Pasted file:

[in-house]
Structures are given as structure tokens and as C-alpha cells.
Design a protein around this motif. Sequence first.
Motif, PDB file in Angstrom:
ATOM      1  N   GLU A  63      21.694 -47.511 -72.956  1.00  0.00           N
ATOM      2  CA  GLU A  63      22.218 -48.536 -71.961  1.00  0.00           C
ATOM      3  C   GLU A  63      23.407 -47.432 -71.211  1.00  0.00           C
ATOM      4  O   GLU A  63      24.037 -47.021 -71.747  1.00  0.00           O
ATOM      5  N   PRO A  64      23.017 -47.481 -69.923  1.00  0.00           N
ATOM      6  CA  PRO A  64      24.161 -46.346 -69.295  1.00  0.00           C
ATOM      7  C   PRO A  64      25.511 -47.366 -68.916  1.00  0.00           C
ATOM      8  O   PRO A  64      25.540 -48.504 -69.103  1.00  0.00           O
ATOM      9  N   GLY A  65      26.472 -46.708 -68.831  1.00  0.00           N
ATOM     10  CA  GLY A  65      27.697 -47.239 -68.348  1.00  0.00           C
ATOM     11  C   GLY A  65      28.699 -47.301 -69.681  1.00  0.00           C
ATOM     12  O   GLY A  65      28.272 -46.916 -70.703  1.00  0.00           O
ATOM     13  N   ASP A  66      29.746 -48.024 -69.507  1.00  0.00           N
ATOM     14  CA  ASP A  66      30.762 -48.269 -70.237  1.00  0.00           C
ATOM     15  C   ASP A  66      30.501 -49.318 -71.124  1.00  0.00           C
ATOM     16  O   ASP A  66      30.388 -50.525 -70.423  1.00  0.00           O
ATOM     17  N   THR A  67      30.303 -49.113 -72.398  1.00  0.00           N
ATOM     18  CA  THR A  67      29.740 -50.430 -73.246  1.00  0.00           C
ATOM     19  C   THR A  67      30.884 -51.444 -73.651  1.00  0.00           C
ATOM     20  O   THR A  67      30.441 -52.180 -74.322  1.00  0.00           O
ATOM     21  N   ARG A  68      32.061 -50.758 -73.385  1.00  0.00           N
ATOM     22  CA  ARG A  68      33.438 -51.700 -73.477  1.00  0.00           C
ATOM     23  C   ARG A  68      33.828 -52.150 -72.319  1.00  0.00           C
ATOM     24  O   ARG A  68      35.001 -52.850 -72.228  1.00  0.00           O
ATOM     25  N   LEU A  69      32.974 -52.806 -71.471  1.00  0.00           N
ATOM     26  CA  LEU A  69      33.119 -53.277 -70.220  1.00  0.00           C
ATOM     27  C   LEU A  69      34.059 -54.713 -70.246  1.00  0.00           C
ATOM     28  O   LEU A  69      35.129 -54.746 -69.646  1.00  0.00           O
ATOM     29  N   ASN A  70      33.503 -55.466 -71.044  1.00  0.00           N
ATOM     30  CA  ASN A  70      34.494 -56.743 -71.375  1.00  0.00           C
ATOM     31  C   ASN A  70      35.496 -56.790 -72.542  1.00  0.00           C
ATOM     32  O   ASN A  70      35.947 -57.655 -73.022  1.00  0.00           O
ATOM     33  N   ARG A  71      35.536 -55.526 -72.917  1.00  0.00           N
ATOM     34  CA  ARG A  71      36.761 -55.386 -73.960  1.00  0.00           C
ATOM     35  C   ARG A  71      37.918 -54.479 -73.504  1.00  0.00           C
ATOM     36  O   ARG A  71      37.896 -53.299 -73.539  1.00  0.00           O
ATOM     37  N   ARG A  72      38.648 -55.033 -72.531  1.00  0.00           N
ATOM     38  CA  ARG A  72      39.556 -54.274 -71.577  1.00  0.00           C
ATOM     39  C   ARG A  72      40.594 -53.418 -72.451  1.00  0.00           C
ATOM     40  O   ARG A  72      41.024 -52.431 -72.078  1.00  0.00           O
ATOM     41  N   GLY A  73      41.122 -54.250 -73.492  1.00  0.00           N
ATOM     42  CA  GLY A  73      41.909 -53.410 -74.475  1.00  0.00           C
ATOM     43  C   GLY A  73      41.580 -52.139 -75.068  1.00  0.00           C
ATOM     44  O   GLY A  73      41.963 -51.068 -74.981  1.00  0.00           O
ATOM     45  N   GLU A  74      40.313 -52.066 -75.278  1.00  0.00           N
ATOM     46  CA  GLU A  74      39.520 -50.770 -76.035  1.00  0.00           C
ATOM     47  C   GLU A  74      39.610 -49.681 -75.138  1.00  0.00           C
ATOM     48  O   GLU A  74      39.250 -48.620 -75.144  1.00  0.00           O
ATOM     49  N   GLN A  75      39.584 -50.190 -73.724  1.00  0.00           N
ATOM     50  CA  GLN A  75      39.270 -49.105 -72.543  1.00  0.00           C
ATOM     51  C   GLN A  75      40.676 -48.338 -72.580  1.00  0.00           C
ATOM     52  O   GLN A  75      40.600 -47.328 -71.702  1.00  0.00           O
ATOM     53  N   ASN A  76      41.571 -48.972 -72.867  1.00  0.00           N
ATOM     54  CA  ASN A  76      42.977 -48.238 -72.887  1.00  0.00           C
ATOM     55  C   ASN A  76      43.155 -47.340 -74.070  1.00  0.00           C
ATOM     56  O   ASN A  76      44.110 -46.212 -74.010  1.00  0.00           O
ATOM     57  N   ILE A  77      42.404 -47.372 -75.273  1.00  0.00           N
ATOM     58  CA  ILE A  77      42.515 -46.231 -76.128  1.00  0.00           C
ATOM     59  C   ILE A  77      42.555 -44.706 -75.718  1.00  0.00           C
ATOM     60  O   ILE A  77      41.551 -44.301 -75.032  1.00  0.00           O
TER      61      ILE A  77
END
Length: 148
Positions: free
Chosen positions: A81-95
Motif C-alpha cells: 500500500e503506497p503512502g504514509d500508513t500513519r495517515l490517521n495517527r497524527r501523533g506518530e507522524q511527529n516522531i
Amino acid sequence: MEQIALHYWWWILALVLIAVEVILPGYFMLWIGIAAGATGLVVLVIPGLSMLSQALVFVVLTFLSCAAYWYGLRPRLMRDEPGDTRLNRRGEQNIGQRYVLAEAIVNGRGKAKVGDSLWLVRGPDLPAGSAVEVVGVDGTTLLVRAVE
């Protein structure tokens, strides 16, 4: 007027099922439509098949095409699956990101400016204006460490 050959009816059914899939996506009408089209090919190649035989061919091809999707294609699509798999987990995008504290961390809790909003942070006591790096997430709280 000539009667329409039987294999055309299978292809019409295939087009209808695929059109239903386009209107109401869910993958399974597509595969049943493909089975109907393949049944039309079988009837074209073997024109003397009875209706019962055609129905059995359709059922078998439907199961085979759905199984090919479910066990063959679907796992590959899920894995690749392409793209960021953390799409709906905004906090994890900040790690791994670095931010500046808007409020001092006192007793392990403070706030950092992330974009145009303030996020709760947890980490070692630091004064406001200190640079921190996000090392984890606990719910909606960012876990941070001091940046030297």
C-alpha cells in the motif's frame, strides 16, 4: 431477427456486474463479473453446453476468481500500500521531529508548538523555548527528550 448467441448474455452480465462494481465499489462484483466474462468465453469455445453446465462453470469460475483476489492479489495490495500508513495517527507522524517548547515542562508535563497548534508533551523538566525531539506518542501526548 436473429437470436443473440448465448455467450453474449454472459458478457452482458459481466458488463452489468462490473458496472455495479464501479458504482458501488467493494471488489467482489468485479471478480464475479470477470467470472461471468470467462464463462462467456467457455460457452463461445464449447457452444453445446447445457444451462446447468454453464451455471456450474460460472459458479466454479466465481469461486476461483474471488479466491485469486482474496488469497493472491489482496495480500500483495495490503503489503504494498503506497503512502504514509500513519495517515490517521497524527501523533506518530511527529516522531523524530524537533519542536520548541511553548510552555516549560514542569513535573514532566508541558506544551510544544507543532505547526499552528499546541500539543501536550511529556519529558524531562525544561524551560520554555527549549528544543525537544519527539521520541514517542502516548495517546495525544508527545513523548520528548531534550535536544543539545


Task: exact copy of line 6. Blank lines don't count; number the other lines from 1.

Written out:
ATOM      2  CA  GLU A  63      22.218 -48.536 -71.961  1.00  0.00           C